Sowicz et al. / Oral Preexposure Prophylaxis Heffron, R., Ngure, K., Mugo, N., Celum, C., Kurth, A., Curran, K., & Baeten, J. M. (2012). Willingness of Kenyan HIV-1 serodiscordant couples to use antiretroviral-based HIV-1 prevention strategies. Journal of Acquired Immune Deficiency Syndromes, 61, 116-119. 1097/QAI.0b013e31825da73f Holt, M., Murphy, D. A., Callander, D., Ellard, J., Rosengarten, M., Kippax, S. C., & de Wit, J. B. (2012). Willingness to use HIV pre-exposure prophylaxis and the likelihood of decreased condom use are both associated with unprotected anal intercourse and the perceived likelihood of becoming HIV positive among Australian gay and bisexual men. Sexually Transmitted Infections, 88(4), 258-263. Hosek, S., Siberry, G., Bell, M., Lally, M., Kapogiannis, B., Green, K., . Wilson, C. M. (2012). The acceptability and feasibility of an HIV pre-exposure prophylaxis (PrEP) trial with young men who have sex with men (YMSM). Journal of Acquired Immune Deficiency Syndromes, 62, 447-456. Jackson, T., Huang, A., Chen, H., Gao, X., Zhang, Y., & Zhong, X. (2013). Predictors of willingness to use HIV pre-exposure prophylaxis among female sex workers in southwest China. AIDS Care, 25(5), 601-605. http://dx.doi. org/10.1080/09540121.2012.726341 Jackson, T., Huang, A., Chen, H., Gao, X., Zhong, X., & Zhang, Y. (2012). Cognitive, psychosocial, and sociodemographic predictors of willingness to use HIV pre-exposure prophylaxis among Chinese men who have sex with men. AIDS & Behavior, 16(7), 1853-1861. 1007/s10461-012-0188-z Juusola, J. L., Brandeau, M. L., Owens, D. K., & Bendavid, E. (2012). The cost-effectiveness of preexposure prophylaxis for HIV prevention in the United States in men who have sex with men. Annals of Internal Medicine, 156(8), 541-550. Kellerman, S. E., Hutchinson, A. B., Begley, E. B., Boyett, B. C., Clark, H. A., & Sullivan, P. (2006). Knowledge and use of HIV pre-exposure prophylaxis among attendees of minority gay pride events, 2004. Journal of Acquired Immune Deficiency Syndromes (1999), 43(3), 376-377. 10.1097/01.qai.0000234085.18914.d5 Khawcharoenporn, T., Kendrick, S., & Smith, K. (2012). HIV risk perception and preexposure prophylaxis interest among a heterosexual population visiting a sexually transmitted infection clinic. AIDS Patient Care & STDs, 26(4), 222233. Koblin, B. A., Mansergh, G., Frye, V., Tieu, H. V., Hoover, D. R., Bonner, S., . Colfax, G. N. (2011). Condom-use decision making in the context of hypothetical pre-exposure prophylaxis efficacy among substance-using men who have sex with men: Project MIX. Journal of Acquired Immune Deficiency Syndromes (1999), 58(3), 319327. Koblin, B. A., Murrill, C., Xu, G., Camacho, M., Liu, K. L., RajSingh, S., & Torian, L. (2008). Awareness of HIV prevention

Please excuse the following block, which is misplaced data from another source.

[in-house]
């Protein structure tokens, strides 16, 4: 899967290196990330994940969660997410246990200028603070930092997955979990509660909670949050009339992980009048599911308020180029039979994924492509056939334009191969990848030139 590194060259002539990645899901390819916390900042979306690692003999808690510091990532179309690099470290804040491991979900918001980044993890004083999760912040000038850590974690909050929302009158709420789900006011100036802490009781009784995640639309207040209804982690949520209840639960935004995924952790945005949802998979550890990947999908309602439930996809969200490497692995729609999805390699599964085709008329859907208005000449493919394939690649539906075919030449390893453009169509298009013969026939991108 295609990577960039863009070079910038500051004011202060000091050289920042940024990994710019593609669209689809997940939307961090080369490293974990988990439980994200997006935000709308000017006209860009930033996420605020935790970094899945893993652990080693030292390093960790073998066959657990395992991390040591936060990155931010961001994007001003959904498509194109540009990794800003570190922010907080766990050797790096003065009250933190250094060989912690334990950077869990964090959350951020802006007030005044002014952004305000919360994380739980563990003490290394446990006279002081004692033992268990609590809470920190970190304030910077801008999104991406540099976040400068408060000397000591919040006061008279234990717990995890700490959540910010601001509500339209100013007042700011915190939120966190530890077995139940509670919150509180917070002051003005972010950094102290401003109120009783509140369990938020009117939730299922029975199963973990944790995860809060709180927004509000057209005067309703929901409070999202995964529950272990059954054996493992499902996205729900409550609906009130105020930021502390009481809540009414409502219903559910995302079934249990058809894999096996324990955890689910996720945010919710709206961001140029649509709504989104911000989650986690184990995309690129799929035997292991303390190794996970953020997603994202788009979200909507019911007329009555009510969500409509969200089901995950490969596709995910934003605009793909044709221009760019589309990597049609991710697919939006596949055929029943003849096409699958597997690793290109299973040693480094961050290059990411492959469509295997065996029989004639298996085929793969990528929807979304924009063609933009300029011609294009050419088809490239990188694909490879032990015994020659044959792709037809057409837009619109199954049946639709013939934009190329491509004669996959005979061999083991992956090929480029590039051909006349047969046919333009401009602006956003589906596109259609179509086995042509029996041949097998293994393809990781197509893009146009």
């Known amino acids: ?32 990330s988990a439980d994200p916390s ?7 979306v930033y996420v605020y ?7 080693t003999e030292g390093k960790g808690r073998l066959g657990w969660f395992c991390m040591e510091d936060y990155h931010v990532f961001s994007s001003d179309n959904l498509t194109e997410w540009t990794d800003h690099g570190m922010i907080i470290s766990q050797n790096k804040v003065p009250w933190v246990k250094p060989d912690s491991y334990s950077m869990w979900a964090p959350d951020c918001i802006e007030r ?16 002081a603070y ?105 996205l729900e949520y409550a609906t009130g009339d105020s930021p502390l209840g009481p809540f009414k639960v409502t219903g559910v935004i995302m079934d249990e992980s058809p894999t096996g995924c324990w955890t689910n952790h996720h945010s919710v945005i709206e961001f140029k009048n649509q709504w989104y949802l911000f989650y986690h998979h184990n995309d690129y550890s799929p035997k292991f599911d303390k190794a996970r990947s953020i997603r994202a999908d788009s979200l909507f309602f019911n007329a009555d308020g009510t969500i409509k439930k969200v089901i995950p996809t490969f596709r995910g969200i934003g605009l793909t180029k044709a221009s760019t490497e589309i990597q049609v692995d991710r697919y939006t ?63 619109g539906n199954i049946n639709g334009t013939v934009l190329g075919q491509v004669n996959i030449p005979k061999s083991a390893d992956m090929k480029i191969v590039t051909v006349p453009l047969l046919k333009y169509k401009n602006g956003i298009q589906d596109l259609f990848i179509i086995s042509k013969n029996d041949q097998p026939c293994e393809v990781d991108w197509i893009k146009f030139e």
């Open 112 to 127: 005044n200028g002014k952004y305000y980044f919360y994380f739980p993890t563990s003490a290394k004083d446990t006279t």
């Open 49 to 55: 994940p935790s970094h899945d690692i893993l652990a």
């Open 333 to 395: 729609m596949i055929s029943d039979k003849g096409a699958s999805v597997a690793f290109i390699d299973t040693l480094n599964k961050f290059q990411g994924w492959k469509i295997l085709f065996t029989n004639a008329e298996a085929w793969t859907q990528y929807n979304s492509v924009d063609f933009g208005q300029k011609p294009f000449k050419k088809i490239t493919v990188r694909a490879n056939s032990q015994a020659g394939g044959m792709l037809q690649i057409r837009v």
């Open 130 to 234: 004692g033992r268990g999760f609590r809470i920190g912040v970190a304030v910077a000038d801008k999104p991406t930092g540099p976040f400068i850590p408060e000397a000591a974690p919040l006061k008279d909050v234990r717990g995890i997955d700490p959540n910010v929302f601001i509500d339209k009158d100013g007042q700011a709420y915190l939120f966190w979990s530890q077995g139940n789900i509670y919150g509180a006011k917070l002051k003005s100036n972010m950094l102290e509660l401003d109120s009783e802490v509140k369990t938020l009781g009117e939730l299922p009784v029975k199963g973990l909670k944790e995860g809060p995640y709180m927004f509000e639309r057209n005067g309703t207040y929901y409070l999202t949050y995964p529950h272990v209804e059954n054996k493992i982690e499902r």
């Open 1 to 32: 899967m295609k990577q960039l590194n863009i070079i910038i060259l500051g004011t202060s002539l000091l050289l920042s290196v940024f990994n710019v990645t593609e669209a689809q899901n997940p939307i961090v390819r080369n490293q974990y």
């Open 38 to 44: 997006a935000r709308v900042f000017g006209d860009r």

strategies under development: Word on the street. Journal of Acquired Immune Deficiency Syndromes, 48(2), 232-234. Krakower, D., & Mayer, K. H. (2012). What primary care providers need to know about preexposure prophylaxis for HIV prevention: A narrative review. Annals of Internal Medicine, 157(7), 490-497. Krakower, D. S., Mimiaga, M. J., Rosenberger, J. G., Novak, D. S., Mitty, J. A., White, J. M., & Mayer, K. H. (2012). Limited awareness and low immediate uptake of preexposure prophylaxis among men who have sex with men using an Internet social networking site. PLoS One, 7(3), e33119. Leonardi, M., Lee, E., & Tan, D. H. (2011). Awareness of, usage of and willingness to use HIV pre-exposure prophylaxis among men in downtown Toronto, Canada. International Journal of STD & AIDS, 22(12), 738-741. 10.1258/ijsa.2011.011057 Liu, A. Y., Kittredge, P. V., Vittinghoff, E., Raymond, H. F., Ahrens, K., Matheson, T., . Buchbinder, S. P. (2008). Limited knowledge and use of HIV post- and pre-exposure prophylaxis among gay and bisexual men. Journal of Acquired Immune Deficiency Syndromes, 47(2), 241-247. Mansergh, G., Koblin, B. A., Colfax, G. N., McKirnan, D. J., Flores, S. A., & Hudson, S. M. (2010). Preefficacy use and sharing of antiretroviral medications to prevent sexuallytransmitted HIV infection among US men who have sex with men. Journal of Acquired Immune Deficiency Syndromes, 55(2), e14-e16. 0b013e3181f27616 Mayer, K., Gazzard, B., Zuniga, J. M., Amico, K. R., Anderson, J., Azad, Y., . Sow, P. S. (2013). Controlling the HIV epidemic with antiretrovirals: IAPAC consensus statement on treatment as prevention and preexposure prophylaxis. Journal of the International Association of Providers of AIDS Care, 12(3), 208-216. 1177/2325957413475839 Menza, T. W., Hughes, J. P., Celum, C. L., & Golden, M. R. (2009). Prediction of HIV acquisition among men who have sex with men. Sexually Transmitted Diseases, 36(9), 547555. Mimiaga, M. J., Case, P., Johnson, C. V., Safren, S. A., & Mayer, K. H. (2009). Preexposure antiretroviral prophylaxis attitudes in high-risk Boston area men who report having sex with men: Limited knowledge and experience but potential for increased utilization after education. Journal of Acquired Immune Deficiency Syndromes, 50(1), 77-83. http:// Mustanski, B., Johnson, A., Garofalo, R., Ryan, D., & Birkett, M. (2013). Perceived likelihood of using HIV preexposure prophylaxis medications among young men who have sex with men. AIDS & Behavior, 17, 2173-2179. Mutua, G., Sanders, E., Mugo, P., Anzala, O., Haberer, J. E., Bangsberg, D., . Priddy, F. H. (2012). Safety and adherence